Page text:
History of the Health Sciences Lecture Series
Wednesday, March 13th at 6pm with refreshments at 5:30
Russ Berrie Medical Science Pavilion, Room 2, 1150 St. Nicholas Ave. at West 168th St.
By Michael Nevins, M.D., President, Medical History Society of New Jersey
Dr. David Hosack (1769-1835) was a “mover and shaker” on New York's medical scene during the early 19th century. While some considered him to be the outstanding practitioner of his era, others reviled him as a liar and troublemaker. Considered one of the star teachers of the early College of Physicians and Surgeons, he later fomented a revolt that led to a mass faculty resignation from the College, almost destroying it. Hosack then formed his own medical school in lower Manhattan that was affiliated with Rutgers College. Dr. Hosack also was active in cultural affairs in the city and started America's first public garden, located at what is now Rockefeller Center. In addition to discussing this charismatic and controversial physician, Dr. Nevins will describe medical student life in Olde New York as depicted in the diary of one of Hosack's students.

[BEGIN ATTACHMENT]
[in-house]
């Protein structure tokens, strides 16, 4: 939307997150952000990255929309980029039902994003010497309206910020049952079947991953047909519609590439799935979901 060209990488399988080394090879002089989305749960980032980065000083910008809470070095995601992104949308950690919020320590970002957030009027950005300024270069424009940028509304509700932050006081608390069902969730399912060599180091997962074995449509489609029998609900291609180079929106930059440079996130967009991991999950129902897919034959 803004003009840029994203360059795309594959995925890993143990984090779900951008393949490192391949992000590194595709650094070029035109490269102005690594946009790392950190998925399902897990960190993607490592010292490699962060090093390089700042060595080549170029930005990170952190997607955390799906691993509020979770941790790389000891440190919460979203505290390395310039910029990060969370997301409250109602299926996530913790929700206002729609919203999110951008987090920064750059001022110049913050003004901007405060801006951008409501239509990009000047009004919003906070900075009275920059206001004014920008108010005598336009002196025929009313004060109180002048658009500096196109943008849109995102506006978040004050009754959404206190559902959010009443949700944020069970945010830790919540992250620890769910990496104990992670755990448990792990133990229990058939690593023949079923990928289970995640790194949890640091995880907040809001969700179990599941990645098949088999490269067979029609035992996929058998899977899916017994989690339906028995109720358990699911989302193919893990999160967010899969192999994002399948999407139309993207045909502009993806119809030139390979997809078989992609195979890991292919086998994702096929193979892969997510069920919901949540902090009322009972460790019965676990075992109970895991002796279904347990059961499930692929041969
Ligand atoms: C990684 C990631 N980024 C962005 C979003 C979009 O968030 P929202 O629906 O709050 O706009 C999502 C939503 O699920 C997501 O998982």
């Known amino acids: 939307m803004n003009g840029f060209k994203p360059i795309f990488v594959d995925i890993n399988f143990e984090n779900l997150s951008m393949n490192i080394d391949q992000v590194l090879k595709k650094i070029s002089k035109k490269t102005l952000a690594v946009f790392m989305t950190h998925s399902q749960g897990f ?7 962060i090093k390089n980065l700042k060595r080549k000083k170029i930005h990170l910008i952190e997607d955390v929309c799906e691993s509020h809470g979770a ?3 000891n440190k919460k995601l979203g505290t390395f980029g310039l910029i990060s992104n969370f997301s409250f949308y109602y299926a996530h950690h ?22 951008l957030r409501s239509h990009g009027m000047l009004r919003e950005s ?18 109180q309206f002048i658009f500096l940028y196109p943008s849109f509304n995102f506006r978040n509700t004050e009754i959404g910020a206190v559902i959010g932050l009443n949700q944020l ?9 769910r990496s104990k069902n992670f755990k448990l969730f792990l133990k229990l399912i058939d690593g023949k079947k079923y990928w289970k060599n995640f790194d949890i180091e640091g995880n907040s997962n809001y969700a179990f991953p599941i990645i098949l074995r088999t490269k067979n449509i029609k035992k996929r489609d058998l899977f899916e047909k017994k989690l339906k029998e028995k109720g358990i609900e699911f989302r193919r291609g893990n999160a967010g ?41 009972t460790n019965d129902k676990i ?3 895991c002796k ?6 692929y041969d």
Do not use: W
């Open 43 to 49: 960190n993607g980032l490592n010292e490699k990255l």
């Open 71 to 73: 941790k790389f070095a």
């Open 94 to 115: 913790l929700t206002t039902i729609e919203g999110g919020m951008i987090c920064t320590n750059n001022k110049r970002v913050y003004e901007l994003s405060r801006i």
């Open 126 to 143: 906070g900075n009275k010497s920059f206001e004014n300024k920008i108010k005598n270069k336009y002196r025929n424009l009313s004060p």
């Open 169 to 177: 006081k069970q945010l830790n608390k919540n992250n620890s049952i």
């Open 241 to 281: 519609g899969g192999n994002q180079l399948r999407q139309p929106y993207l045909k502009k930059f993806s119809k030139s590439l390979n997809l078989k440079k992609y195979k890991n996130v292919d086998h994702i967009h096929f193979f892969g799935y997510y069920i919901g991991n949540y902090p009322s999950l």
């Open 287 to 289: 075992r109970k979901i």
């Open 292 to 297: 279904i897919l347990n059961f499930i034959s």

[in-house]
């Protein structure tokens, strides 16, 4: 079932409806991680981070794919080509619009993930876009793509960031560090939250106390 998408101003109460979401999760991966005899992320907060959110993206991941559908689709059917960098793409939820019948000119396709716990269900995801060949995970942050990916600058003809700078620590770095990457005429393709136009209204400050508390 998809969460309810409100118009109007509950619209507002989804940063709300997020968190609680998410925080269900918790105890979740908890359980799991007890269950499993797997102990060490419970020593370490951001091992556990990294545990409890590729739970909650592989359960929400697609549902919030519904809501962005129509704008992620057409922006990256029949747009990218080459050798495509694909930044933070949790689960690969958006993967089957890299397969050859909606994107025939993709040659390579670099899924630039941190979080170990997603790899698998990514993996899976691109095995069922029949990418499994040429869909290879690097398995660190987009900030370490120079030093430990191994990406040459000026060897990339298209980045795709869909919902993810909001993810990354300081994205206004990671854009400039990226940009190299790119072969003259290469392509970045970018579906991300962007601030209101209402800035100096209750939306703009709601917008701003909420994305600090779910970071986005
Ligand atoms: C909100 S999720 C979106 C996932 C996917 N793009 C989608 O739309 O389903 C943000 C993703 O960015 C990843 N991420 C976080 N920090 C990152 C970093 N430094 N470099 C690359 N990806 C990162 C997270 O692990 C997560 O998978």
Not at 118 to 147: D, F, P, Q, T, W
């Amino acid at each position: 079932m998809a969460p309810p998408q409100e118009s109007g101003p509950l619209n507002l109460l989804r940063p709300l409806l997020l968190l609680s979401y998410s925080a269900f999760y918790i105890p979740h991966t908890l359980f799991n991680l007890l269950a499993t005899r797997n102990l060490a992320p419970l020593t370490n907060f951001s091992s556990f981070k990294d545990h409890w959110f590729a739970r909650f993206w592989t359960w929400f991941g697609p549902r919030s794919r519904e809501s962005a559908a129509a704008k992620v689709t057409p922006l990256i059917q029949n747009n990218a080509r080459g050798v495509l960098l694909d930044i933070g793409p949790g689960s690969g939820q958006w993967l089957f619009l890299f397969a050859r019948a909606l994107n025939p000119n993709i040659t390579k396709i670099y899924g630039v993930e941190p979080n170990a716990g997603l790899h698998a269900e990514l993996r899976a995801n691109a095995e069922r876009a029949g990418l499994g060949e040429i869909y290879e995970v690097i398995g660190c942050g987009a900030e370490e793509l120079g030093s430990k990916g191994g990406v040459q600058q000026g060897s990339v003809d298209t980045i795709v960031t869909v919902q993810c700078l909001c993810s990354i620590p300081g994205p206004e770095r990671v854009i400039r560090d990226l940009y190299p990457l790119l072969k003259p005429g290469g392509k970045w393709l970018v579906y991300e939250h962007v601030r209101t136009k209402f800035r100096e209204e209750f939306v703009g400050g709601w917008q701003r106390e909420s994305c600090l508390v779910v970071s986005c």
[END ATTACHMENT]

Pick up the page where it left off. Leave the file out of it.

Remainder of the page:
Free and open to the public.
For more information contact Stephen Novak at email@example.com